Sorry, this is late. Excuses, excuses.
I feel like I’ve seen this somewhere else once before in my life, but it the idea doesn’t seem to have spread much. That’s probably due to the lack of traction for pre- and postconditions in general. So, we’ll start with those.
Preconditions and Postconditions
Preconditions and postconditions are a little old-fashioned, having been largely replaced by the proliferation of TDD, but I don’t think they should be completely ruled out.
Preconditions are a set of assumptions that your function has about the parameters being passed into it.
This is especially useful when you accept “primitive” types, but what you actually want is considerably more restrictive than what those types provide. For example, you’re accepting a string that is meant to be the path to a file. Many would argue that you should restrict it to a
FilePath type of some sort that makes sure the path string is of the correct format when the object is created. I would argue that that is the ideal, but not always the pragmatic solution. Another example along those lines is taking in a
FilePath, but the precondition is that the file pointed to already exists and it has the correct file extension. Creating specialty types just to ensure those preconditions will almost definitely be a pain.
Postconditions are similar to preconditions, but are a promise back to the caller that either a certain command was carried out or that the return value will be of a certain shape or format (assuming the preconditions were met).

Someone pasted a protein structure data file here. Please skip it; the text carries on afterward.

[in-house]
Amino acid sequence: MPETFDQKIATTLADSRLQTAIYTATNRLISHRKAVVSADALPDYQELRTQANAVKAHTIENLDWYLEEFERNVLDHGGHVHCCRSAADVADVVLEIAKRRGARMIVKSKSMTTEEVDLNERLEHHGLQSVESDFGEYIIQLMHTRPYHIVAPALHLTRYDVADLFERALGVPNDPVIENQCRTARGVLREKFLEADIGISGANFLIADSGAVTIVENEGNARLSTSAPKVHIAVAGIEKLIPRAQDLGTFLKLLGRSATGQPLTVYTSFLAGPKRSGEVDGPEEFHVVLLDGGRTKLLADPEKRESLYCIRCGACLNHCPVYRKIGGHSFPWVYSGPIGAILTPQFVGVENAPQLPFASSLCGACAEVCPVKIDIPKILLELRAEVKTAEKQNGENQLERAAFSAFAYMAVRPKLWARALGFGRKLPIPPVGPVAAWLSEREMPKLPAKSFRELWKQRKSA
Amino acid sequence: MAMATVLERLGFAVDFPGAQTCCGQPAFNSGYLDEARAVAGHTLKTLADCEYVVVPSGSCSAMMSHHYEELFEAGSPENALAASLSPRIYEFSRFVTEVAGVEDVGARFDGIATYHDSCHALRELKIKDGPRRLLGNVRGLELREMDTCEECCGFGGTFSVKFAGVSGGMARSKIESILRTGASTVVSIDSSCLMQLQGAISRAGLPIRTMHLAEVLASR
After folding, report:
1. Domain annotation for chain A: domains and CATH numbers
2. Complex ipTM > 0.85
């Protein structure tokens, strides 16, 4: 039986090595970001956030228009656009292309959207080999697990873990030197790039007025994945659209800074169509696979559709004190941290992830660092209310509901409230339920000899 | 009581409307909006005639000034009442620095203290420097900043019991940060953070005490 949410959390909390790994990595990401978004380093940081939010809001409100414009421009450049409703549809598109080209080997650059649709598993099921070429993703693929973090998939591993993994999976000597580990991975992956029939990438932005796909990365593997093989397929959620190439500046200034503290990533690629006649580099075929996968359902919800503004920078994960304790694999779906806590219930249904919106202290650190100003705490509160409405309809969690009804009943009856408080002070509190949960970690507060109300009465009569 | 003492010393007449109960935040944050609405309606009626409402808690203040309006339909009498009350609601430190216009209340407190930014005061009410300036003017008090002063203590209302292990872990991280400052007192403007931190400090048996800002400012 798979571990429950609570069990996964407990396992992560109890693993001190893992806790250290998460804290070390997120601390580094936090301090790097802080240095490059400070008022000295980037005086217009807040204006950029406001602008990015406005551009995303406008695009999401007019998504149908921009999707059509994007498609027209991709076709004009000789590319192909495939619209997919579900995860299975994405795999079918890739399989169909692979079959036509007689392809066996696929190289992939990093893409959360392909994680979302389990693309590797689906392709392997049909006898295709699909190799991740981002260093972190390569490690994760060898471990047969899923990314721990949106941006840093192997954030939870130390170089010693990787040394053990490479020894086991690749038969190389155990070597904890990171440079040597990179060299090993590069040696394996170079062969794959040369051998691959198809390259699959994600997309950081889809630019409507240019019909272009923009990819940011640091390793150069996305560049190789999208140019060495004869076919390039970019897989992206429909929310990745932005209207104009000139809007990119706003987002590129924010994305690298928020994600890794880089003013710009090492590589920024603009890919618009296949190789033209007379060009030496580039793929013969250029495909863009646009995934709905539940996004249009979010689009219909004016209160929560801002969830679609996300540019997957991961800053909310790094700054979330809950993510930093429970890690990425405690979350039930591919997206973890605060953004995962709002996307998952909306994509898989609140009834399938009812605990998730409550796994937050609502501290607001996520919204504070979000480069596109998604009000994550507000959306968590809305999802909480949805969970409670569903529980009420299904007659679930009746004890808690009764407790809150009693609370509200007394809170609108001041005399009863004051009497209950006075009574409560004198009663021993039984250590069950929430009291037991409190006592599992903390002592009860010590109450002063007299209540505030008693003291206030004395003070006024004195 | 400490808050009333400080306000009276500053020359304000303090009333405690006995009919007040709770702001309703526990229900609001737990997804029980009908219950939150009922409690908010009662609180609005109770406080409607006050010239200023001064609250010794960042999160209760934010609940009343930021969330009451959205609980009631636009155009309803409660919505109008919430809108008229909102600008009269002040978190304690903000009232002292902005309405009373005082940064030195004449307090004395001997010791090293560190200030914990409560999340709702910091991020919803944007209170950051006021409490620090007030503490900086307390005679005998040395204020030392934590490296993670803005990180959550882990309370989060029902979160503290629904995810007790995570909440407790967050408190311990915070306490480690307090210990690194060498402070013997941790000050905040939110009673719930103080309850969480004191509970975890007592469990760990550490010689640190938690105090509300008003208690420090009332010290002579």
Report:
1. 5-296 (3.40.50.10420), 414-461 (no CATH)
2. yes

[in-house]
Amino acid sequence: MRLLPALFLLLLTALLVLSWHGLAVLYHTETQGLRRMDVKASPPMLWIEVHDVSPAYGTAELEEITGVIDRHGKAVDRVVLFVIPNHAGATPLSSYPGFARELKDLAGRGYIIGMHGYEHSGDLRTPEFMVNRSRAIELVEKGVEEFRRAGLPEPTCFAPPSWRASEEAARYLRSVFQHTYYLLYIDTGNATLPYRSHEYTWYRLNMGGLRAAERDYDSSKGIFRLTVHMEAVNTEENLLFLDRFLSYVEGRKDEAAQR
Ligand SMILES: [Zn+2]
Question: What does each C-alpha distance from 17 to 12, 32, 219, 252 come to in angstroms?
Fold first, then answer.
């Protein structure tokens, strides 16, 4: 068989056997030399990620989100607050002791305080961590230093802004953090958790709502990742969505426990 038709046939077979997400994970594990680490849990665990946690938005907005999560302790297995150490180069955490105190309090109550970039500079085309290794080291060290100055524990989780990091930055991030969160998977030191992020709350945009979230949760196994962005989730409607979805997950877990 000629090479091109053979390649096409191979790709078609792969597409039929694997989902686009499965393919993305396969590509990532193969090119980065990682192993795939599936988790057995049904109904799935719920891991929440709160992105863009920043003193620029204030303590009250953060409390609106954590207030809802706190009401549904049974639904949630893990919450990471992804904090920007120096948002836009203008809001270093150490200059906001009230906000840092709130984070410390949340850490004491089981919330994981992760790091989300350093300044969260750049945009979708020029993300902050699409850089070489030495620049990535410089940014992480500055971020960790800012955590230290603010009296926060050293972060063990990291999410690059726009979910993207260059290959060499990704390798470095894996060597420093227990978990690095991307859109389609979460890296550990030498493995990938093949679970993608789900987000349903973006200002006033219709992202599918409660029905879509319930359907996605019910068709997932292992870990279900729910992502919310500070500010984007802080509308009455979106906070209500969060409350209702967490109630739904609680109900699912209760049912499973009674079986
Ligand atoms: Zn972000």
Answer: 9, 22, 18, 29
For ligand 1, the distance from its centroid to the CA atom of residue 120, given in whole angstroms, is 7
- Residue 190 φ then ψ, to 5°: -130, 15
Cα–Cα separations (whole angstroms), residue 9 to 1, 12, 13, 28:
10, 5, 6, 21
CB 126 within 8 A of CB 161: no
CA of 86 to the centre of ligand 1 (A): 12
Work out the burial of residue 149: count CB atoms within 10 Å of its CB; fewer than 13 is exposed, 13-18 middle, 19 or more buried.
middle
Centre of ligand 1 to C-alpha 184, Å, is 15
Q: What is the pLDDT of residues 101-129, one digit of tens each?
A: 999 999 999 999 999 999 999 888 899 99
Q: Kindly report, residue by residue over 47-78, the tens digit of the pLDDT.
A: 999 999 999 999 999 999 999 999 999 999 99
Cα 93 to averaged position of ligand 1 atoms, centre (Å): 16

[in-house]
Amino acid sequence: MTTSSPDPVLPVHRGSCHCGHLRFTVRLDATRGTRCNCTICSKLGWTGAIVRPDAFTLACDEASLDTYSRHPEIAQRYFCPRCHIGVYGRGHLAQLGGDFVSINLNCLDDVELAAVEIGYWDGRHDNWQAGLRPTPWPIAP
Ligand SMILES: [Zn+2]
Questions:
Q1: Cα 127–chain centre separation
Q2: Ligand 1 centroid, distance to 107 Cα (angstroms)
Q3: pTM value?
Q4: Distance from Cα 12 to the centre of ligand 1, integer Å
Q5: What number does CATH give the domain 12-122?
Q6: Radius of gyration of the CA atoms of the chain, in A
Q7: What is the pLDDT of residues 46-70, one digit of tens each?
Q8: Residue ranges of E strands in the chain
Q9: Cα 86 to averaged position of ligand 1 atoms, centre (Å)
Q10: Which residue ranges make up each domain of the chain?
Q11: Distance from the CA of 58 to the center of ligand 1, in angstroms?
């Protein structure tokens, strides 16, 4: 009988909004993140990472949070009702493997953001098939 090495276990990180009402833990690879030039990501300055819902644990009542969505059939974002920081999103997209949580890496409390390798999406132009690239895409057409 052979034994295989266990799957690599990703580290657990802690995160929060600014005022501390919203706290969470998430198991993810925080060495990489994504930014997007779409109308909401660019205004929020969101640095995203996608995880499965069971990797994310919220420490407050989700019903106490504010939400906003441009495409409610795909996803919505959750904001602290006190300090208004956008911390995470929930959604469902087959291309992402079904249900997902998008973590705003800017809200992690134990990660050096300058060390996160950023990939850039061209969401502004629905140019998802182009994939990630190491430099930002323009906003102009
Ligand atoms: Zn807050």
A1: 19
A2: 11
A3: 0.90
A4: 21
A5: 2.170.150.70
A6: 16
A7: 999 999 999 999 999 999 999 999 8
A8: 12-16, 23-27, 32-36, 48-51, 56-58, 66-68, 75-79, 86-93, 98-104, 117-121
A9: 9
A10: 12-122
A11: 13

Both of these, if they are ever actually tested in the code (when I first heard of them, it was simply something you put into the function’s documentation), are typically done with
Assertions are statements that take a boolean expression and optionally (usually) a string message. If the boolean expression evaluates as false, the statement throws/raises a specialized exception, using your message if it was provided. They also have a super power: they can disappear. At a compile or runtime stage, users can shut off assertions in code. The idea behind this is to test run the code with the assertions on so that it can do early detections of potential problems. But once you’ve tested the code enough, you can be reasonably sure of its safety and shut off the assertions for production and not waste precious cpu cycles (you still need user input guards, though, so don’t use assertions for those).
This is where matchers come in. By matchers, I mean any test library that uses a fluent api to make assertions. The best part about using them? They’re almost definitely already set up to do assertions. At the very least, they’re throwing assertion exceptions (which isn’t enough; more on this in a little bit).
Anyway, the biggest problem with most pre- and postconditions in functions is that they’re ugly and take up a lot of space. So, using a library that lets you express and test ideas about objects is incredibly helpful in fixing that.
So, pick out your favorite assertion library (mine is immatcher, which was made by me; my very incomplete youtube video series is about converting it to kotlin) and dig into the code behind it to see if it uses
assert statements. If not, you can probably just write a little helper function that can use the matchers via an
assert statement. And, if your language allows for inlining functions (like Kotlin does), you could even inline that function call so as to not waste the call when assertions are shut off.
I was going to give a simple example of what some of the improvements could look like, but this post is already late, plus anyone who has used matchers has already seen their benefits over regular assertions, so I feel like it’s an easy sell.
The harder part might be to convince people to use preconditions and postconditions, and that’s a whole different topic. In short, if you want to use them but feel like they may be a waste, then I recommend using them about one layer in from user interaction to make sure your user interaction layer is doing its job well.
Until next time…